Death of bare-bones health plans may be greatly exaggerated

August 23, 2013

Consumer Reports calls it “junk health insurance.” A California regulator uses the term “skeleton policies.” To an expert from the American Cancer Society, they “are a perfect example of why health care reform is so crucial.”

They are bare-bones health plans, and critics say they could leave consumers who become seriously ill on the hook for tens of thousands of dollars in medical costs. The Affordable Care Act was supposed to do away with them.

“The good news is that these plans will be a thing of the past in 2014,” Steve Larsen, then a high-ranking Department of Health and Human Services official, told reporters two years ago.

The law bars “mini-med” plans, which cap annual benefits at, say, $2,000 — even though the average hospital stay costs $14,000 — and were commonly offered to employees by restaurant chains and retailers.

But now a new type of bare-bones policy may take their place.

Consumer advocates, employers and insurers say that unless regulators move to block them at the last minute, plans with limited benefits will proliferate, especially for low-paid workers, because of how the law and the regulations are worded.

Proposed and final rules issued this spring surprised many by failing to bar large employers from offering insurance policies that could exclude benefits such as hospitalization. Offering bare-bones policies may result in some fines, but that expense could be less than the cost of offering traditional medical coverage.

For large employers, “the feds imposed no minimum standard on how skimpy that coverage can be other than to say, in essence, it’s got to be more robust than a dental plan or a vision plan,” said Ed Fensholt, a senior vice president at insurance broker Lockton Cos. “We had customers looking at offering some relatively inexpensive and skimpy plan designs to satisfy the individual mandate at a modest cost [to employees] — and to employers as well.”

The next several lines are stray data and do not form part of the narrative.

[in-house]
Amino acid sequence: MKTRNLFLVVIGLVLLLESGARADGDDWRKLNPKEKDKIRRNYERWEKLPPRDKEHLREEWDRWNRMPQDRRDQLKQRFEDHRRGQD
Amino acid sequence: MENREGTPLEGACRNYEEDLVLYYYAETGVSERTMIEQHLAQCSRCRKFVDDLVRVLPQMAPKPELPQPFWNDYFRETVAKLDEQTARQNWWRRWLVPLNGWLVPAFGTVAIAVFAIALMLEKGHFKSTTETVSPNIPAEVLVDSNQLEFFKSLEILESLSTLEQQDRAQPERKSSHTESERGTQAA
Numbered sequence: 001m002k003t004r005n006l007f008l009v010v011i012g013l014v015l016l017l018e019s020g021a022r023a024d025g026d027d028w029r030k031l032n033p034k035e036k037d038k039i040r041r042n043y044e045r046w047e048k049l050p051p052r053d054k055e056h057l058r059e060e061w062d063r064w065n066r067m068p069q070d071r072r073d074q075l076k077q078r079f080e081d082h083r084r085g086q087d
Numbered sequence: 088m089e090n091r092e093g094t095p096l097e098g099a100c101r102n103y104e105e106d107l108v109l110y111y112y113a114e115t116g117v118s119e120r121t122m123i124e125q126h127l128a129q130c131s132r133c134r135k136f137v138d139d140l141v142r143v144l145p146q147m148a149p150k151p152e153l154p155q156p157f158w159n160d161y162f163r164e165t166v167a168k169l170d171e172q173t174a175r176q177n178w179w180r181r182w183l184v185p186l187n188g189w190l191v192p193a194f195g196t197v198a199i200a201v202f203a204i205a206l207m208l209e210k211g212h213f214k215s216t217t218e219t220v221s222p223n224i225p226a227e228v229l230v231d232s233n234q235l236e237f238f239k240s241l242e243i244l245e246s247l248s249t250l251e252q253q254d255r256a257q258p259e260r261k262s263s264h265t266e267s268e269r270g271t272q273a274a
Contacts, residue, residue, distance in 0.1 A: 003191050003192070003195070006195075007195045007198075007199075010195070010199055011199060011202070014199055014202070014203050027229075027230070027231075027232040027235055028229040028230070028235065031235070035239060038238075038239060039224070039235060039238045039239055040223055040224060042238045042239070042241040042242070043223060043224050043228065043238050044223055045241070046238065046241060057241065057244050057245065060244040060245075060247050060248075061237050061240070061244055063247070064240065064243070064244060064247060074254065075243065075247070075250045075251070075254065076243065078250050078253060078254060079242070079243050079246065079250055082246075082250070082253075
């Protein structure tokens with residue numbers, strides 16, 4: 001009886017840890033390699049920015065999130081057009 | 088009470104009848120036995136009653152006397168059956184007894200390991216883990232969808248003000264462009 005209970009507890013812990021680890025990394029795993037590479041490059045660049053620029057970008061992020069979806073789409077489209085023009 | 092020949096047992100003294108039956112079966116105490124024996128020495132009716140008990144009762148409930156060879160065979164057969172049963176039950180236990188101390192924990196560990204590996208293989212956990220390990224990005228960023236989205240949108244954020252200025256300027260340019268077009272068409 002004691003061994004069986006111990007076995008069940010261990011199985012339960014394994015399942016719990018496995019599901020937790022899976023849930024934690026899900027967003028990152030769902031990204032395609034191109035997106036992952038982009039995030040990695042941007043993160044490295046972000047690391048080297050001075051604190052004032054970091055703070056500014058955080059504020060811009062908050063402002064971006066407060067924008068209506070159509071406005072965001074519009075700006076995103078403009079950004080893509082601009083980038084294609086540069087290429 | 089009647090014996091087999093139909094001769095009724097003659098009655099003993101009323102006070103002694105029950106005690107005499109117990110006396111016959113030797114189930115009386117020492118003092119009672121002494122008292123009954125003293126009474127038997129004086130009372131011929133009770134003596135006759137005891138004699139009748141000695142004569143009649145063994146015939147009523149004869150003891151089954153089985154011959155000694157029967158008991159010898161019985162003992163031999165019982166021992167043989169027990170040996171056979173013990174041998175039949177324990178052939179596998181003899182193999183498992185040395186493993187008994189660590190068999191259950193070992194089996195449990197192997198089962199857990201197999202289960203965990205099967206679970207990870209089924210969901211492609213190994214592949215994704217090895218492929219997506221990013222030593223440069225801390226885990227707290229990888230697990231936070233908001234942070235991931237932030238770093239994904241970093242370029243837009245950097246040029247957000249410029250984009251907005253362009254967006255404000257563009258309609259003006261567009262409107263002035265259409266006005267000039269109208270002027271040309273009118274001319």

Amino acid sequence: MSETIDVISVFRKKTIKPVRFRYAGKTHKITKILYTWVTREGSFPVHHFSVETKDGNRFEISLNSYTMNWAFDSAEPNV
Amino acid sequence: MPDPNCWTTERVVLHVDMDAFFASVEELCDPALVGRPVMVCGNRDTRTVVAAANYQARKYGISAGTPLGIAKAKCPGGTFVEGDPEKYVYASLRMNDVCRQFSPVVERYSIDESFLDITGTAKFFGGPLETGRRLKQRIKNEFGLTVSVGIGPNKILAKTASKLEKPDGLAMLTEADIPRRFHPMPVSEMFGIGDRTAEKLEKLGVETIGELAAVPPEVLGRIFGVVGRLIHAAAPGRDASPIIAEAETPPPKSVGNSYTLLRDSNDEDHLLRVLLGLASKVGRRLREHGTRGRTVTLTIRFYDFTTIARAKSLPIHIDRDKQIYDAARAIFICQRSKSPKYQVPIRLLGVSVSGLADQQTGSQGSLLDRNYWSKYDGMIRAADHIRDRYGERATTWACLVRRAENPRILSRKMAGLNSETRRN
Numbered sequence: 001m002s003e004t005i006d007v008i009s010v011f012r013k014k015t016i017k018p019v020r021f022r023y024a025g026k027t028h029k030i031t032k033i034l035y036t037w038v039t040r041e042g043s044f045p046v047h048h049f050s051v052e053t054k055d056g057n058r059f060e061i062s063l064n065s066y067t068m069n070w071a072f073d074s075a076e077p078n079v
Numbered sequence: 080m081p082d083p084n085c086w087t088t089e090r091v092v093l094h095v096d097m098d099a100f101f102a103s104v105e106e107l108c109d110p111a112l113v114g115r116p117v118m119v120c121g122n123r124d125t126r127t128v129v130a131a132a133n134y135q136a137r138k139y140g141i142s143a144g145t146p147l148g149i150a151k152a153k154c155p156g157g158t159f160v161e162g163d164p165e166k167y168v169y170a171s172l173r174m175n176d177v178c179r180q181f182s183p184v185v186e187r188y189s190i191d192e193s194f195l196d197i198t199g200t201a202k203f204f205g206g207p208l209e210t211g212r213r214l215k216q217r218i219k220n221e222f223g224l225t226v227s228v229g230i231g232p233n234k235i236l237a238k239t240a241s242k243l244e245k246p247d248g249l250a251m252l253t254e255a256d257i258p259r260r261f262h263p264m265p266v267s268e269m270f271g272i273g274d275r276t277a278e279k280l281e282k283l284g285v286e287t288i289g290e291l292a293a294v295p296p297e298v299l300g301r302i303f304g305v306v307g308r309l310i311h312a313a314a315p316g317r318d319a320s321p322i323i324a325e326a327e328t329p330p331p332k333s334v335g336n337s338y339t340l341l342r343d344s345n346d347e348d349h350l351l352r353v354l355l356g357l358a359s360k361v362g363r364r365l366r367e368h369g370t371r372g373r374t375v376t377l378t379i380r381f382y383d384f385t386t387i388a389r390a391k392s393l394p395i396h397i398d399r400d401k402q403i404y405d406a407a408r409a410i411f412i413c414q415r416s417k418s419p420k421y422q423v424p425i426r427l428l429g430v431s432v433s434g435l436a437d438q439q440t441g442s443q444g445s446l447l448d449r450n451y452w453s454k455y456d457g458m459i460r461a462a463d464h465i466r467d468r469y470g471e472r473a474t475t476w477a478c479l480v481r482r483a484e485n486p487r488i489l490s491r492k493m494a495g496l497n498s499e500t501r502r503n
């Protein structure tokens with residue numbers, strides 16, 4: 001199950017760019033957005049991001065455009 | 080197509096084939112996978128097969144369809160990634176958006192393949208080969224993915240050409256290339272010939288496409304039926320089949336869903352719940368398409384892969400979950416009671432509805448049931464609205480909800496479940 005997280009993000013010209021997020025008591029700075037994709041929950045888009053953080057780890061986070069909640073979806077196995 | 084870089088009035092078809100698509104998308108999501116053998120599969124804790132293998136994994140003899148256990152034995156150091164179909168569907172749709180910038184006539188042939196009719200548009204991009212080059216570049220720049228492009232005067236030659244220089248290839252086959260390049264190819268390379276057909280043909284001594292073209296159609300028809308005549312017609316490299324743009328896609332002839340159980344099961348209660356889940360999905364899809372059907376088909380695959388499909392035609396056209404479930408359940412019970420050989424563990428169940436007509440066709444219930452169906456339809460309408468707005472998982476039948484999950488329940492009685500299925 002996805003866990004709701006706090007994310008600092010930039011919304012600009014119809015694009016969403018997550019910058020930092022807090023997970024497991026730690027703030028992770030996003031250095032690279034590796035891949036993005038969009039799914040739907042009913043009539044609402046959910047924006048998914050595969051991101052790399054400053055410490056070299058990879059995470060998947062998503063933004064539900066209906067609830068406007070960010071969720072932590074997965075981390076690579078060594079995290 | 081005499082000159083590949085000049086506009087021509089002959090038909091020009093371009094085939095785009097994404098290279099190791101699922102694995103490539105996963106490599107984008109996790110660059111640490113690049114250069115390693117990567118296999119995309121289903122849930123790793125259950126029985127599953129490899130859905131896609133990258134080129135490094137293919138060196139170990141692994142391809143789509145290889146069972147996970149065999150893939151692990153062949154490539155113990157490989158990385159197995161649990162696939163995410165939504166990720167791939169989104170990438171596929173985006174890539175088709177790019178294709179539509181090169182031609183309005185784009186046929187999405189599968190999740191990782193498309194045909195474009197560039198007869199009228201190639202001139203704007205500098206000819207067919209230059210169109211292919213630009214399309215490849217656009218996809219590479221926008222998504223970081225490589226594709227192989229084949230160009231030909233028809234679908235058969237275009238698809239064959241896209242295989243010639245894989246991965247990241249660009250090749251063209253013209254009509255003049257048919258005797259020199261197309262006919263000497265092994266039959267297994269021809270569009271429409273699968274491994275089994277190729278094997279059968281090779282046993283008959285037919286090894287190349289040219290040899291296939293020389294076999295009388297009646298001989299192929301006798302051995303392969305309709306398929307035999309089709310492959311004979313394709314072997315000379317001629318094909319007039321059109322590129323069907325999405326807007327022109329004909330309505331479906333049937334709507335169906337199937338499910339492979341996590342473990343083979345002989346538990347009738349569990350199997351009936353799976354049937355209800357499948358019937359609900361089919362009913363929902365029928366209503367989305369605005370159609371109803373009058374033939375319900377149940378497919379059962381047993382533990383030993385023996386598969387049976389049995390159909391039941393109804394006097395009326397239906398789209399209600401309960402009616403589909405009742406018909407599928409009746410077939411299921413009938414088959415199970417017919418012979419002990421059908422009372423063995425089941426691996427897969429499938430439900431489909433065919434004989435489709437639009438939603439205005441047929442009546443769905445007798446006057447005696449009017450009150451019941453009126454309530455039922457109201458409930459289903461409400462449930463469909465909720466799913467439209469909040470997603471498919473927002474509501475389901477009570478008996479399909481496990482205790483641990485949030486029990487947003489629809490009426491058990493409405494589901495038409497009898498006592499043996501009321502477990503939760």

“There is a lot of interest” from retailers and others that have offered limited-benefit, or mini-med, coverage in the past, said Joan Smyth, a partner at benefits consultant Mercer. She’s gotten so many inquiries since the Wall Street Journal reported on the issue in May that limited-benefit plans are “my favorite topic,” she joked.

Officials for McDonald’s, Ruby Tuesday, Darden Restaurants and other large employers that have offered limited- benefit coverage in the past declined to comment or did not respond to questions about their plans. Mini-med policies were typically offered because some coverage was seen as better than none — and the premium costs were far lower than for traditional coverage. This summer, the Obama administration gave businesses with 50 or more employees another year, until 2015, to comply with the requirement that they offer insurance or pay a fine.

“I think you will continue to see employers in many industries look to carefully calculate their strategy for compliance” by considering limited- benefit plans, said Neil Trautwein, employee benefits lawyer at the National Retail Federation. “As always, the interest is to limit cost increases.”

Small businesses barred

The bare-bones plans cannot be offered to small businesses with fewer than 50 workers, or to individuals buying coverage through the new online marketplaces that open for enrollment Oct. 1. But benefits experts expect some larger companies that buy outside the marketplaces or that self-insure to consider them.